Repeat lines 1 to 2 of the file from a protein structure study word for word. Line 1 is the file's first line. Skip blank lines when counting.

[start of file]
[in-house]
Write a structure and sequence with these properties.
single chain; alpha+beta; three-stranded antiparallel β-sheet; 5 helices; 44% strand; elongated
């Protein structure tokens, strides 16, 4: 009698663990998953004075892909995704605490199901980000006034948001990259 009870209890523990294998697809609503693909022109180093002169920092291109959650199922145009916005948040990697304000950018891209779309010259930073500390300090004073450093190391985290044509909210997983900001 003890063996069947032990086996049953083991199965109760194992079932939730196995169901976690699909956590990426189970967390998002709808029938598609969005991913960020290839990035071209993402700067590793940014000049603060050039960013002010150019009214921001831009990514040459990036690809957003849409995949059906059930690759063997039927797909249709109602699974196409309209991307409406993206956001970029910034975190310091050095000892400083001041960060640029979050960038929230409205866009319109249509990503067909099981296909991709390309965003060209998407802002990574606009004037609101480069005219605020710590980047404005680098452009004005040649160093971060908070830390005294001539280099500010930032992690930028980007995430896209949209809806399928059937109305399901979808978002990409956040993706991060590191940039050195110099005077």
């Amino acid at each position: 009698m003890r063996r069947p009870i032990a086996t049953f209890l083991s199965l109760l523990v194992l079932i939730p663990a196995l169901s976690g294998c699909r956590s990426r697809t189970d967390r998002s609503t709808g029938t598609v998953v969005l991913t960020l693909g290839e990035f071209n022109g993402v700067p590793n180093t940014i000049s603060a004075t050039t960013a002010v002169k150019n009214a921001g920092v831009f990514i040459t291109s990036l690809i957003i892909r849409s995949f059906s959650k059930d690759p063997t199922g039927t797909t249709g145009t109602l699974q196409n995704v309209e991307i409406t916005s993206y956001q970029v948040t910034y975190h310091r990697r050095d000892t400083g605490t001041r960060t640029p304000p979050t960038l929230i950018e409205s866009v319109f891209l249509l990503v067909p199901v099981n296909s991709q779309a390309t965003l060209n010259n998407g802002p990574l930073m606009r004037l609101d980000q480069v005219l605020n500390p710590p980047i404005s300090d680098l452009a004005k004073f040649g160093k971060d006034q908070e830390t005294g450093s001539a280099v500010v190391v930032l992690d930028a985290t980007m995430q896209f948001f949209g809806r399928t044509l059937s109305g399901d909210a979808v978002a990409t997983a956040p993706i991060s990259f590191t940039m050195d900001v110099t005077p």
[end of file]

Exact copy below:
[in-house]
Write a structure and sequence with these properties.